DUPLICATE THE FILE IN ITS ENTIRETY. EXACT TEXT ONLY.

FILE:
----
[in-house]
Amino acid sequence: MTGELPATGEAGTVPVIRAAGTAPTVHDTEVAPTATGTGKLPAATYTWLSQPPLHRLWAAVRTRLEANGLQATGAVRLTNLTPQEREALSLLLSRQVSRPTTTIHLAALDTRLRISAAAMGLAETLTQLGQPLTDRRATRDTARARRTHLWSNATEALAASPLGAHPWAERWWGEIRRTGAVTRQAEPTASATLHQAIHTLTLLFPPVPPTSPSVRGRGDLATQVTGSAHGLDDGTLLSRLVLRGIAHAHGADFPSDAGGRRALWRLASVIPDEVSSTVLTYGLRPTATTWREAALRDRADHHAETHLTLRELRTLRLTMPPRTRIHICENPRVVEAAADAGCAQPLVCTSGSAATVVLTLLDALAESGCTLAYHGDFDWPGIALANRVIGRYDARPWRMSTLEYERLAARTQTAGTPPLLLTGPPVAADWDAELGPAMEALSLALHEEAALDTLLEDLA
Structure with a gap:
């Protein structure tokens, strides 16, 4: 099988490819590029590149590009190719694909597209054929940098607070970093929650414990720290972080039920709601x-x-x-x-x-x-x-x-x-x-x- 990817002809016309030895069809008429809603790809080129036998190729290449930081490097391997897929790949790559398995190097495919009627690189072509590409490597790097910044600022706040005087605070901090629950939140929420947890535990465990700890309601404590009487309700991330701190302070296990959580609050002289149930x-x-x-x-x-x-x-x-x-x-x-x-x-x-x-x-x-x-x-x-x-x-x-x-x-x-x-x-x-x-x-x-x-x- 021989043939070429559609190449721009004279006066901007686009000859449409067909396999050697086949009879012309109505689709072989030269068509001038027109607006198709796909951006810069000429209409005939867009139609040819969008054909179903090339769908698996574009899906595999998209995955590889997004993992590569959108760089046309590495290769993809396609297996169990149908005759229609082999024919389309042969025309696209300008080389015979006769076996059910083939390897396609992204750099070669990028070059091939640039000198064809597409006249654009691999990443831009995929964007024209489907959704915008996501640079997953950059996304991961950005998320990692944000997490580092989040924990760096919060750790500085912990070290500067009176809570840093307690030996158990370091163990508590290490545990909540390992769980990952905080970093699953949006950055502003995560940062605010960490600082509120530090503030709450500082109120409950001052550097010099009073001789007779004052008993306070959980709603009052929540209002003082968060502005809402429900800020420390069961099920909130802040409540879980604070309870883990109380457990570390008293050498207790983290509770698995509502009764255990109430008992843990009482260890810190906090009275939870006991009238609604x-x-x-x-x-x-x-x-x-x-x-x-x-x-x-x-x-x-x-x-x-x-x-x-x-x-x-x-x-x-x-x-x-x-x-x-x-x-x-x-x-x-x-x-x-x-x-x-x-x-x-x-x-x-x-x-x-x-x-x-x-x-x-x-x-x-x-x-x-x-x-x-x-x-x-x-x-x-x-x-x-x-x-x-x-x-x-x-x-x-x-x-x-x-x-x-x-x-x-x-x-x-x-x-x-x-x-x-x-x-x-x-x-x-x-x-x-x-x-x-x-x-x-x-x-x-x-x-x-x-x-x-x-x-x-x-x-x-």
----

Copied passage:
[in-house]
Amino acid sequence: MTGELPATGEAGTVPVIRAAGTAPTVHDTEVAPTATGTGKLPAATYTWLSQPPLHRLWAAVRTRLEANGLQATGAVRLTNLTPQEREALSLLLSRQVSRPTTTIHLAALDTRLRISAAAMGLAETLTQLGQPLTDRRATRDTARARRTHLWSNATEALAASPLGAHPWAERWWGEIRRTGAVTRQAEPTASATLHQAIHTLTLLFPPVPPTSPSVRGRGDLATQVTGSAHGLDDGTLLSRLVLRGIAHAHGADFPSDAGGRRALWRLASVIPDEVSSTVLTYGLRPTATTWREAALRDRADHHAETHLTLRELRTLRLTMPPRTRIHICENPRVVEAAADAGCAQPLVCTSGSAATVVLTLLDALAESGCTLAYHGDFDWPGIALANRVIGRYDARPWRMSTLEYERLAARTQTAGTPPLLLTGPPVAADWDAELGPAMEALSLALHEEAALDTLLEDLA
Structure with a gap:
């Protein structure tokens, strides 16, 4: 099988490819590029590149590009190719694909597209054929940098607070970093929650414990720290972080039920709601x-x-x-x-x-x-x-x-x-x-x- 990817002809016309030895069809008429809603790809080129036998190729290449930081490097391997897929790949790559398995190097495919009627690189072509590409490597790097910044600022706040005087605070901090629950939140929420947890535990465990700890309601404590009487309700991330701190302070296990959580609050002289149930x-x-x-x-x-x-x-x-x-x-x-x-x-x-x-x-x-x-x-x-x-x-x-x-x-x-x-x-x-x-x-x-x-x- 021989043939070429559609190449721009004279006066901007686009000859449409067909396999050697086949009879012309109505689709072989030269068509001038027109607006198709796909951006810069000429209409005939867009139609040819969008054909179903090339769908698996574009899906595999998209995955590889997004993992590569959108760089046309590495290769993809396609297996169990149908005759229609082999024919389309042969025309696209300008080389015979006769076996059910083939390897396609992204750099070669990028070059091939640039000198064809597409006249654009691999990443831009995929964007024209489907959704915008996501640079997953950059996304991961950005998320990692944000997490580092989040924990760096919060750790500085912990070290500067009176809570840093307690030996158990370091163990508590290490545990909540390992769980990952905080970093699953949006950055502003995560940062605010960490600082509120530090503030709450500082109120409950001052550097010099009073001789007779004052008993306070959980709603009052929540209002003082968060502005809402429900800020420390069961099920909130802040409540879980604070309870883990109380457990570390008293050498207790983290509770698995509502009764255990109430008992843990009482260890810190906090009275939870006991009238609604x-x-x-x-x-x-x-x-x-x-x-x-x-x-x-x-x-x-x-x-x-x-x-x-x-x-x-x-x-x-x-x-x-x-x-x-x-x-x-x-x-x-x-x-x-x-x-x-x-x-x-x-x-x-x-x-x-x-x-x-x-x-x-x-x-x-x-x-x-x-x-x-x-x-x-x-x-x-x-x-x-x-x-x-x-x-x-x-x-x-x-x-x-x-x-x-x-x-x-x-x-x-x-x-x-x-x-x-x-x-x-x-x-x-x-x-x-x-x-x-x-x-x-x-x-x-x-x-x-x-x-x-x-x-x-x-x-x-």